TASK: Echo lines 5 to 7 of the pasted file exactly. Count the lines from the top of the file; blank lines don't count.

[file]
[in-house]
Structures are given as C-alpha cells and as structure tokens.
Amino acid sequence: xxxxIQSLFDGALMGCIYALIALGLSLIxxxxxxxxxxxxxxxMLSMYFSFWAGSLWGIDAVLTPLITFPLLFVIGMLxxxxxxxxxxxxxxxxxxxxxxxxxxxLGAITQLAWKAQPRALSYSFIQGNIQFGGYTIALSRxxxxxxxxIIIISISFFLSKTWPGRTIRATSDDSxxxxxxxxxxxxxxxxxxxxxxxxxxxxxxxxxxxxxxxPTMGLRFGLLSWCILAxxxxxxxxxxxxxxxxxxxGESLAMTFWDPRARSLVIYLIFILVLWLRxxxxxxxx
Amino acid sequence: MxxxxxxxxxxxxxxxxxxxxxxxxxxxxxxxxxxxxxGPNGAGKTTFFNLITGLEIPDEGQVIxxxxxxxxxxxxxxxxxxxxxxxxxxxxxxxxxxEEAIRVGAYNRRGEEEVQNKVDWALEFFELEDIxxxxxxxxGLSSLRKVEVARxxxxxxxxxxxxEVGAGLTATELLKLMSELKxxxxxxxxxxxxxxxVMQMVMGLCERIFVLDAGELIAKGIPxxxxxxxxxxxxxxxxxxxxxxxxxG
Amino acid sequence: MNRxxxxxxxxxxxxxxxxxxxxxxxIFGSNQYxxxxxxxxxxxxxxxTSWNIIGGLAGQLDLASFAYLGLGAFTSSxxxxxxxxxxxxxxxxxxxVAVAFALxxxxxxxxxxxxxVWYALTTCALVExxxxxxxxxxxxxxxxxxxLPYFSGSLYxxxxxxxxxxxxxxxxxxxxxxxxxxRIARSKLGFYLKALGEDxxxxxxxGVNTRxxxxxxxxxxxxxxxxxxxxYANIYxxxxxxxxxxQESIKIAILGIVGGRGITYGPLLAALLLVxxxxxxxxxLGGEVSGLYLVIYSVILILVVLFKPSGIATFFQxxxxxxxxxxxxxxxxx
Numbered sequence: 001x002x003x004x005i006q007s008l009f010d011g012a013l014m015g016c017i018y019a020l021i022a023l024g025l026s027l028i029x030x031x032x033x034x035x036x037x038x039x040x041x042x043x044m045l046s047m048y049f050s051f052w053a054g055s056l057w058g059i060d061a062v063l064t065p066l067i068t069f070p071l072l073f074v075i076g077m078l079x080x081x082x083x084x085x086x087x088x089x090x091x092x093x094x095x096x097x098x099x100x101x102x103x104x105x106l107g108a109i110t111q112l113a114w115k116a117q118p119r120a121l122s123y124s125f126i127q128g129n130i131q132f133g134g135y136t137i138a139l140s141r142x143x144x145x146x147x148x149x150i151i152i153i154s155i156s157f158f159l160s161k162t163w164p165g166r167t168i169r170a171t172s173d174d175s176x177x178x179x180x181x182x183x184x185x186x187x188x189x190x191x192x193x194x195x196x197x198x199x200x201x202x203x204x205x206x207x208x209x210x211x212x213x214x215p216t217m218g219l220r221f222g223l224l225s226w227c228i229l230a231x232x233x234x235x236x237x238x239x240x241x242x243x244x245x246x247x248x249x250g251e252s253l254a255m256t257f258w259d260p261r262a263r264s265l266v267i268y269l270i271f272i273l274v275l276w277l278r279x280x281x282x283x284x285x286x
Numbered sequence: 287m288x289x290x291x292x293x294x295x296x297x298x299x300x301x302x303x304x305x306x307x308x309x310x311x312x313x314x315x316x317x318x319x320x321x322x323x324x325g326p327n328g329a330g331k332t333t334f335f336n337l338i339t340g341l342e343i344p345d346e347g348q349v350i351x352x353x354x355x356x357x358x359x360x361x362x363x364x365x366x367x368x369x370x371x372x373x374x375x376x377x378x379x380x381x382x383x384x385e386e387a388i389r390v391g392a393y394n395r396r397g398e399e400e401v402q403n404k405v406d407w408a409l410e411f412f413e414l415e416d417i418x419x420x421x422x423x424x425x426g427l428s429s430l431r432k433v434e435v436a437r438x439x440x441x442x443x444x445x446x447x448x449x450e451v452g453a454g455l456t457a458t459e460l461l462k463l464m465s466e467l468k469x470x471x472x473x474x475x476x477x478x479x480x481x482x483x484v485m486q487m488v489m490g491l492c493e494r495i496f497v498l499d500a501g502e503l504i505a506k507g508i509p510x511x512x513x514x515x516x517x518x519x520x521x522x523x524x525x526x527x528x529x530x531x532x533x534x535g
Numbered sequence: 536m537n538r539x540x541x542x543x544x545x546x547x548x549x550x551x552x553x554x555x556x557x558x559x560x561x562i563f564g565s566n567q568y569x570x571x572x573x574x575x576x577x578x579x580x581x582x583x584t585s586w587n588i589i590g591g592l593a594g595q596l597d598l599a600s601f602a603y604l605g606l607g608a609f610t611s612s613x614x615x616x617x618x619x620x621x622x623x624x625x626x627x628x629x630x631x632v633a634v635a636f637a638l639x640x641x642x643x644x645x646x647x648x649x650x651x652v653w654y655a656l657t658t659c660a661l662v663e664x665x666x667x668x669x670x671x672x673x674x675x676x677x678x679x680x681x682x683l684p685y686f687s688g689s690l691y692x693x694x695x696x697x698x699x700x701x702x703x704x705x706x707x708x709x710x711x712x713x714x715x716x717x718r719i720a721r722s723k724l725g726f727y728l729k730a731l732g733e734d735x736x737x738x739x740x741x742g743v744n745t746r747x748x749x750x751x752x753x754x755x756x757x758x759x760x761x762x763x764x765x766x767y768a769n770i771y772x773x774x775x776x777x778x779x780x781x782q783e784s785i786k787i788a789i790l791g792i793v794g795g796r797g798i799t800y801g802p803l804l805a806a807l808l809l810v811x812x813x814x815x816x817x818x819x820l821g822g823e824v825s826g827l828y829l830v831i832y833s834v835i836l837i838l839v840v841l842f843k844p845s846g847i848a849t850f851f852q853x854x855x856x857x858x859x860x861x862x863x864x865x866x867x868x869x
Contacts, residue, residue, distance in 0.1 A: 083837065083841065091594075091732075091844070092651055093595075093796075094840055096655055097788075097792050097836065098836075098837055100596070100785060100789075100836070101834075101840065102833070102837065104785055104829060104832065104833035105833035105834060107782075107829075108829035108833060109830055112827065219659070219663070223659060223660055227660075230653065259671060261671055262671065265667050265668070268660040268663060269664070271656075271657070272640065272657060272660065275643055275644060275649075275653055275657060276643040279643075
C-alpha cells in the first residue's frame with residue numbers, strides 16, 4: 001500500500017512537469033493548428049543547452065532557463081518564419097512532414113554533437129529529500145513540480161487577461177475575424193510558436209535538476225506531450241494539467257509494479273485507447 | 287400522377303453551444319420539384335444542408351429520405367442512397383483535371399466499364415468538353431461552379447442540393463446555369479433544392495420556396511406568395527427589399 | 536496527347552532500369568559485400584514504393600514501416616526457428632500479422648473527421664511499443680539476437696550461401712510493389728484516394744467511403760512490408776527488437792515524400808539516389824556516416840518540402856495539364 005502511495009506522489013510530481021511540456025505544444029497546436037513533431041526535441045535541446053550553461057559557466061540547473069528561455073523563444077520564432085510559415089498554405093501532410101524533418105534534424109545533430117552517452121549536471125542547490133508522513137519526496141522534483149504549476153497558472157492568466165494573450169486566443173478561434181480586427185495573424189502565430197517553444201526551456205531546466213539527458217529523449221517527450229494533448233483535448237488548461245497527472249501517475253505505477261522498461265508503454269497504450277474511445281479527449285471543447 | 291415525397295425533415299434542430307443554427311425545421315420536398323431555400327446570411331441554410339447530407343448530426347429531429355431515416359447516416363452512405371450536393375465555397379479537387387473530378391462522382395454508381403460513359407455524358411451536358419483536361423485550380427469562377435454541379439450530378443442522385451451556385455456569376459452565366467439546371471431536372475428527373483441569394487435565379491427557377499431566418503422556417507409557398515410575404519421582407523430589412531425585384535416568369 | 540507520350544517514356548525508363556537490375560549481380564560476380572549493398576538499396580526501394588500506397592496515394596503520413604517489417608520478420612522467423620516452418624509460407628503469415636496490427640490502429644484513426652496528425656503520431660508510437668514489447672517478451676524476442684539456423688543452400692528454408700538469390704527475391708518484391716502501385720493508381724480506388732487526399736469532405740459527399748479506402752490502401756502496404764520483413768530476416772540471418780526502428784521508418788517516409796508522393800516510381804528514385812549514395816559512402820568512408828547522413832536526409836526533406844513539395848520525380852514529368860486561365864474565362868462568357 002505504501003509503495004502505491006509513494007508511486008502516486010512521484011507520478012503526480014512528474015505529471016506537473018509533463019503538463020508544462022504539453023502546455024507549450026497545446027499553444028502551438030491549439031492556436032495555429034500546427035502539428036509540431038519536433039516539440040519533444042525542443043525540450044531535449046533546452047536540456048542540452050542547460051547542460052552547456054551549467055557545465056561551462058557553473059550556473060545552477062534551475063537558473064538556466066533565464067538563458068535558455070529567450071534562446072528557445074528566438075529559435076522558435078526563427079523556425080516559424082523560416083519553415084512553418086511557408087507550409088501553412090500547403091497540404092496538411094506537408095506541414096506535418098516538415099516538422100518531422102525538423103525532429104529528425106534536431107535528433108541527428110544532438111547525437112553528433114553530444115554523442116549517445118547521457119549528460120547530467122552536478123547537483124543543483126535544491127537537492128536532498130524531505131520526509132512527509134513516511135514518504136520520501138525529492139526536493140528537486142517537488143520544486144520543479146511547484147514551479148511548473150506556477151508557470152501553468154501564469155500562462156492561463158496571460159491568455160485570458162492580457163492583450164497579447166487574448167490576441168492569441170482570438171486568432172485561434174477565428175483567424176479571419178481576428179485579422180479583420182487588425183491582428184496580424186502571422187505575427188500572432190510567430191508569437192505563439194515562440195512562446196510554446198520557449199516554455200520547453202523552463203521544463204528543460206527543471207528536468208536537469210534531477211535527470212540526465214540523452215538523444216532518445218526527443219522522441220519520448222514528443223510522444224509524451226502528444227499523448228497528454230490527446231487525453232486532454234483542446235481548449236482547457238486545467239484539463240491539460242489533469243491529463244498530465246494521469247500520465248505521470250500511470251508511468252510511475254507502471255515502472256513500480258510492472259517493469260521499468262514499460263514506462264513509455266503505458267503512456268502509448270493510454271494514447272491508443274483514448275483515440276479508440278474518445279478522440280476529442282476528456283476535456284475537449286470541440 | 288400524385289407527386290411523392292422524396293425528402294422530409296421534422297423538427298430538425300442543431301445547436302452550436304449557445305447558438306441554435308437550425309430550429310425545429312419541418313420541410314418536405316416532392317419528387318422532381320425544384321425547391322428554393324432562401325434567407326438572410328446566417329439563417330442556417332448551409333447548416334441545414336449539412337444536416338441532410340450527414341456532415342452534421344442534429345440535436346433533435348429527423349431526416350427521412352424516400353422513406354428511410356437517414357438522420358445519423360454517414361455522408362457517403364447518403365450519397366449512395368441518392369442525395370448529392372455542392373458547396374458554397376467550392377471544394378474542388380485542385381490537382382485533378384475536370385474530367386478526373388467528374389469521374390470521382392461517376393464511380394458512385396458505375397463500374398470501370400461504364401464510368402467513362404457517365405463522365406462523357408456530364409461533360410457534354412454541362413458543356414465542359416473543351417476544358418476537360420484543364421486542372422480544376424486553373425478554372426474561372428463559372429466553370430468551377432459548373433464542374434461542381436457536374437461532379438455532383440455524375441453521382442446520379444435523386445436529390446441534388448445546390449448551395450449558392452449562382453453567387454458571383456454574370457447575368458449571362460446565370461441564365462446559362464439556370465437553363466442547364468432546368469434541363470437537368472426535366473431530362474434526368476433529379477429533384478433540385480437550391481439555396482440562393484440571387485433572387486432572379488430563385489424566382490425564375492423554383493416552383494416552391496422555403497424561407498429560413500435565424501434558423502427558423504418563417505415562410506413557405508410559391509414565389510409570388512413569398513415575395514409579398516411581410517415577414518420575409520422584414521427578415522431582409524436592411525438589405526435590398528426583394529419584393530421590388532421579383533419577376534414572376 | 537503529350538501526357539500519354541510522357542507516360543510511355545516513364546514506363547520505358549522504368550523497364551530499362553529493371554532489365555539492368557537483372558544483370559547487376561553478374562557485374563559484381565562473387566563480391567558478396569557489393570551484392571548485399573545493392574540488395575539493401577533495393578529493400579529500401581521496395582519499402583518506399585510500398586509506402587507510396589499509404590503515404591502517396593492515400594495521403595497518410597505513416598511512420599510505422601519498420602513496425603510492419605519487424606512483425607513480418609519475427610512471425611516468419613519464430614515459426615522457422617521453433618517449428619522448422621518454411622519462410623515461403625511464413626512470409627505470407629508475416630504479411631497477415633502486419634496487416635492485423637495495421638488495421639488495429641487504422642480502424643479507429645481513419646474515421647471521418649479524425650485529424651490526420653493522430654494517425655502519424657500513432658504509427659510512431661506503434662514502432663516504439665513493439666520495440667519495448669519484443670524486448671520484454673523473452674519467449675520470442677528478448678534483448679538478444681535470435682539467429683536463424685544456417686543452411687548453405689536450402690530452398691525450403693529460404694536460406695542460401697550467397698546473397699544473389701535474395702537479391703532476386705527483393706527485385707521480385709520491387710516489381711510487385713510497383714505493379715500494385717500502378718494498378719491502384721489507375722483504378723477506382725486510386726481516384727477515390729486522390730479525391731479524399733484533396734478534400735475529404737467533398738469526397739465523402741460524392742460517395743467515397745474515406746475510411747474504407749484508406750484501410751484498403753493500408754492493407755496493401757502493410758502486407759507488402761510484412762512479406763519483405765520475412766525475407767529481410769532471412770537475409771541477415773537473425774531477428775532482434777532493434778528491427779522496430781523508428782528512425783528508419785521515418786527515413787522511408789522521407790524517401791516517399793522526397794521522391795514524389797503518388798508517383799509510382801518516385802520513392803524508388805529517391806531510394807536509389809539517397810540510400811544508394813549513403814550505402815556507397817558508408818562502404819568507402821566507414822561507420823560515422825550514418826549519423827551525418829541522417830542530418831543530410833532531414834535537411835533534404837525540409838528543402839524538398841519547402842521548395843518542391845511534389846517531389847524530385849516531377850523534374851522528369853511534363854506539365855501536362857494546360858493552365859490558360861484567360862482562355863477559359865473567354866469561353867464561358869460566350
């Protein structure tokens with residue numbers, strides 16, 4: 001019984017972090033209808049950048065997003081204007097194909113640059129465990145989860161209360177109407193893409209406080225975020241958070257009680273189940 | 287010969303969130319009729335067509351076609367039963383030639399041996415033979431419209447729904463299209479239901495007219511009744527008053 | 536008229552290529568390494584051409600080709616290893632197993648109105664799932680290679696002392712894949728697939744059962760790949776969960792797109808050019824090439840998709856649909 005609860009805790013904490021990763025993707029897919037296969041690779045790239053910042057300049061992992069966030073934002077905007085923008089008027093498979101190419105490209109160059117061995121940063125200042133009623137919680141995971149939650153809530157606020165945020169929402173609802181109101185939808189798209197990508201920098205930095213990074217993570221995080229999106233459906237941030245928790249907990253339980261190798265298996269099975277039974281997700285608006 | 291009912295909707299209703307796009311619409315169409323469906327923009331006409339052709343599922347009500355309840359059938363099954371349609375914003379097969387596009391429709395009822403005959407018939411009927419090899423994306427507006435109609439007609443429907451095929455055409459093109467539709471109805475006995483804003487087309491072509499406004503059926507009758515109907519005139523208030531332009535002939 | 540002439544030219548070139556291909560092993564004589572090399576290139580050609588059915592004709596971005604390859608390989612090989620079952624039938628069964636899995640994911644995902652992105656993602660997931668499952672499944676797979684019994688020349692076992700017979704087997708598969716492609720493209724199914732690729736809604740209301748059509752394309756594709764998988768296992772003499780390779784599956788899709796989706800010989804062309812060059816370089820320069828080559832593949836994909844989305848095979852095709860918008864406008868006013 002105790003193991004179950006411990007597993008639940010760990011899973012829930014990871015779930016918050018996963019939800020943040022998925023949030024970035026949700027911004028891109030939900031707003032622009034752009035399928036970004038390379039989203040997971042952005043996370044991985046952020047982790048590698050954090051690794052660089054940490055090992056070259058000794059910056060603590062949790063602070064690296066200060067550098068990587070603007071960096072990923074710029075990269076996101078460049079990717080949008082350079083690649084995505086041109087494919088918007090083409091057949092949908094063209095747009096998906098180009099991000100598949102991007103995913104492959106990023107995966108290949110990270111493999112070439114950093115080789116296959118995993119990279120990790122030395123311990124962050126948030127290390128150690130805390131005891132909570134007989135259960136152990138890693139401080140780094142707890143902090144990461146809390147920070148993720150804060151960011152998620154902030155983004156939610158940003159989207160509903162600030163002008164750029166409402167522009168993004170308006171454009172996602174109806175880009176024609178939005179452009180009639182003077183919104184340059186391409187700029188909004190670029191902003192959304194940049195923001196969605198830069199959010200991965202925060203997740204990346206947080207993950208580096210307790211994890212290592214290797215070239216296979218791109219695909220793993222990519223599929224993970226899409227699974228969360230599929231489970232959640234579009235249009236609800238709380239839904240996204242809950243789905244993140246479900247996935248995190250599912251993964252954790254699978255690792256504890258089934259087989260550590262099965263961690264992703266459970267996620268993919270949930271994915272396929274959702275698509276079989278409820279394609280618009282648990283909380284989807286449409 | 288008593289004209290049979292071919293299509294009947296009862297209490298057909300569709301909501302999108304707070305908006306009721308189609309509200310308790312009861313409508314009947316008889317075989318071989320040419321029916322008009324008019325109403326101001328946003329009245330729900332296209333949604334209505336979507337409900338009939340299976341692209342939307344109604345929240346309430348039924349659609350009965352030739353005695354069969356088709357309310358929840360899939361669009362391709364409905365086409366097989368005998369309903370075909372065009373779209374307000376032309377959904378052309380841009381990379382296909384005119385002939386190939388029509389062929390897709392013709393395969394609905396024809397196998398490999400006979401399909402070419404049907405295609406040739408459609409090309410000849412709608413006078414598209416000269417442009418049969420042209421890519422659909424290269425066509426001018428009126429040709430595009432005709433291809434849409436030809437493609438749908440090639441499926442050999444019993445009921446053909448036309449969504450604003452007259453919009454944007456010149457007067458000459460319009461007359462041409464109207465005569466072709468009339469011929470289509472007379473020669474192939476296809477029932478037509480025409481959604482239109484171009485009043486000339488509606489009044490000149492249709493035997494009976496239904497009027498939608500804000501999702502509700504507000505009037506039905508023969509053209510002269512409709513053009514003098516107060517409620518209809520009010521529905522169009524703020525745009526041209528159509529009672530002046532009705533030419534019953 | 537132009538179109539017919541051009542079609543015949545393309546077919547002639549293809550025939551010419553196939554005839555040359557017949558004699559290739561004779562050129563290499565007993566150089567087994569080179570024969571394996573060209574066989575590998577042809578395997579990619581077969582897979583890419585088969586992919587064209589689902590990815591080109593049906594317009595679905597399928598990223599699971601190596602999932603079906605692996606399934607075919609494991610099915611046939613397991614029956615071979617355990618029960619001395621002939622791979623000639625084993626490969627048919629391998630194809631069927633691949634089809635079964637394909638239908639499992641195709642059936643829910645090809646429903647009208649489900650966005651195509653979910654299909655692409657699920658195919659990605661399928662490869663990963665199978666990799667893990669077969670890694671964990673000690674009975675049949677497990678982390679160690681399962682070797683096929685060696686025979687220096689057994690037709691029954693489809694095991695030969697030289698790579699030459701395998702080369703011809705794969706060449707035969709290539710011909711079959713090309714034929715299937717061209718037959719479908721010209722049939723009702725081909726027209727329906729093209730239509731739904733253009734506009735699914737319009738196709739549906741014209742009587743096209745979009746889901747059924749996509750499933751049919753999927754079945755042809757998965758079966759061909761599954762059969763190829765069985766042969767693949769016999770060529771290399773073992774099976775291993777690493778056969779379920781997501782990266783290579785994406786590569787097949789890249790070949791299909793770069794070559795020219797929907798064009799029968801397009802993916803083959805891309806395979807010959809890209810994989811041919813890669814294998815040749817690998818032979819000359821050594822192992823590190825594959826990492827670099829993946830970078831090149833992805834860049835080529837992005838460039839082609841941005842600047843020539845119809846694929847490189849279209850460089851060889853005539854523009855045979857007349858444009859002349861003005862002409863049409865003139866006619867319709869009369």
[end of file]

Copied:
Amino acid sequence: MNRxxxxxxxxxxxxxxxxxxxxxxxIFGSNQYxxxxxxxxxxxxxxxTSWNIIGGLAGQLDLASFAYLGLGAFTSSxxxxxxxxxxxxxxxxxxxVAVAFALxxxxxxxxxxxxxVWYALTTCALVExxxxxxxxxxxxxxxxxxxLPYFSGSLYxxxxxxxxxxxxxxxxxxxxxxxxxxRIARSKLGFYLKALGEDxxxxxxxGVNTRxxxxxxxxxxxxxxxxxxxxYANIYxxxxxxxxxxQESIKIAILGIVGGRGITYGPLLAALLLVxxxxxxxxxLGGEVSGLYLVIYSVILILVVLFKPSGIATFFQxxxxxxxxxxxxxxxxx
Numbered sequence: 001x002x003x004x005i006q007s008l009f010d011g012a013l014m015g016c017i018y019a020l021i022a023l024g025l026s027l028i029x030x031x032x033x034x035x036x037x038x039x040x041x042x043x044m045l046s047m048y049f050s051f052w053a054g055s056l057w058g059i060d061a062v063l064t065p066l067i068t069f070p071l072l073f074v075i076g077m078l079x080x081x082x083x084x085x086x087x088x089x090x091x092x093x094x095x096x097x098x099x100x101x102x103x104x105x106l107g108a109i110t111q112l113a114w115k116a117q118p119r120a121l122s123y124s125f126i127q128g129n130i131q132f133g134g135y136t137i138a139l140s141r142x143x144x145x146x147x148x149x150i151i152i153i154s155i156s157f158f159l160s161k162t163w164p165g166r167t168i169r170a171t172s173d174d175s176x177x178x179x180x181x182x183x184x185x186x187x188x189x190x191x192x193x194x195x196x197x198x199x200x201x202x203x204x205x206x207x208x209x210x211x212x213x214x215p216t217m218g219l220r221f222g223l224l225s226w227c228i229l230a231x232x233x234x235x236x237x238x239x240x241x242x243x244x245x246x247x248x249x250g251e252s253l254a255m256t257f258w259d260p261r262a263r264s265l266v267i268y269l270i271f272i273l274v275l276w277l278r279x280x281x282x283x284x285x286x
Numbered sequence: 287m288x289x290x291x292x293x294x295x296x297x298x299x300x301x302x303x304x305x306x307x308x309x310x311x312x313x314x315x316x317x318x319x320x321x322x323x324x325g326p327n328g329a330g331k332t333t334f335f336n337l338i339t340g341l342e343i344p345d346e347g348q349v350i351x352x353x354x355x356x357x358x359x360x361x362x363x364x365x366x367x368x369x370x371x372x373x374x375x376x377x378x379x380x381x382x383x384x385e386e387a388i389r390v391g392a393y394n395r396r397g398e399e400e401v402q403n404k405v406d407w408a409l410e411f412f413e414l415e416d417i418x419x420x421x422x423x424x425x426g427l428s429s430l431r432k433v434e435v436a437r438x439x440x441x442x443x444x445x446x447x448x449x450e451v452g453a454g455l456t457a458t459e460l461l462k463l464m465s466e467l468k469x470x471x472x473x474x475x476x477x478x479x480x481x482x483x484v485m486q487m488v489m490g491l492c493e494r495i496f497v498l499d500a501g502e503l504i505a506k507g508i509p510x511x512x513x514x515x516x517x518x519x520x521x522x523x524x525x526x527x528x529x530x531x532x533x534x535g